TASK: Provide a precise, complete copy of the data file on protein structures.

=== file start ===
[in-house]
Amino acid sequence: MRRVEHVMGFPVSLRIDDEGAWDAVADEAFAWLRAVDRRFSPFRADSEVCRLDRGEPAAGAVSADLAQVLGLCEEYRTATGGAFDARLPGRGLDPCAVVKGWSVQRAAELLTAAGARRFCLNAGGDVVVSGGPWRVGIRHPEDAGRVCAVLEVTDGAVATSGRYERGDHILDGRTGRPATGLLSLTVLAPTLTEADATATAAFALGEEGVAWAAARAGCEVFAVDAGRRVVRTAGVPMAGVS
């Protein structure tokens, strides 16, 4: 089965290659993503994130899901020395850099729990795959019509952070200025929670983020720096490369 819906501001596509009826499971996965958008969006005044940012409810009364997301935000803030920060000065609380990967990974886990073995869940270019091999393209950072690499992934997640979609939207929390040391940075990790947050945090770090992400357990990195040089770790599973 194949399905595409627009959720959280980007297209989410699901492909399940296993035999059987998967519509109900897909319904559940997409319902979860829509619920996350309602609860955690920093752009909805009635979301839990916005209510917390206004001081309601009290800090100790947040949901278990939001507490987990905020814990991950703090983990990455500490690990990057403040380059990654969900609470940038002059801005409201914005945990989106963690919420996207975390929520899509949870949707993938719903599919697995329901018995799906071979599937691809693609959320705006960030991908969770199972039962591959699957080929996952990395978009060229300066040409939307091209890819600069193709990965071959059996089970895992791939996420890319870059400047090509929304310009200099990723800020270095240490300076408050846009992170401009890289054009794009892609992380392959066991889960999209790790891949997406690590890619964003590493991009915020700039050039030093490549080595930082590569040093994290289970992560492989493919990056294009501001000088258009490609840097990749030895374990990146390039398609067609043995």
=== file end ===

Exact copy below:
[in-house]
Amino acid sequence: MRRVEHVMGFPVSLRIDDEGAWDAVADEAFAWLRAVDRRFSPFRADSEVCRLDRGEPAAGAVSADLAQVLGLCEEYRTATGGAFDARLPGRGLDPCAVVKGWSVQRAAELLTAAGARRFCLNAGGDVVVSGGPWRVGIRHPEDAGRVCAVLEVTDGAVATSGRYERGDHILDGRTGRPATGLLSLTVLAPTLTEADATATAAFALGEEGVAWAAARAGCEVFAVDAGRRVVRTAGVPMAGVS
């Protein structure tokens, strides 16, 4: 089965290659993503994130899901020395850099729990795959019509952070200025929670983020720096490369 819906501001596509009826499971996965958008969006005044940012409810009364997301935000803030920060000065609380990967990974886990073995869940270019091999393209950072690499992934997640979609939207929390040391940075990790947050945090770090992400357990990195040089770790599973 194949399905595409627009959720959280980007297209989410699901492909399940296993035999059987998967519509109900897909319904559940997409319902979860829509619920996350309602609860955690920093752009909805009635979301839990916005209510917390206004001081309601009290800090100790947040949901278990939001507490987990905020814990991950703090983990990455500490690990990057403040380059990654969900609470940038002059801005409201914005945990989106963690919420996207975390929520899509949870949707993938719903599919697995329901018995799906071979599937691809693609959320705006960030991908969770199972039962591959699957080929996952990395978009060229300066040409939307091209890819600069193709990965071959059996089970895992791939996420890319870059400047090509929304310009200099990723800020270095240490300076408050846009992170401009890289054009794009892609992380392959066991889960999209790790891949997406690590890619964003590493991009915020700039050039030093490549080595930082590569040093994290289970992560492989493919990056294009501001000088258009490609840097990749030895374990990146390039398609067609043995």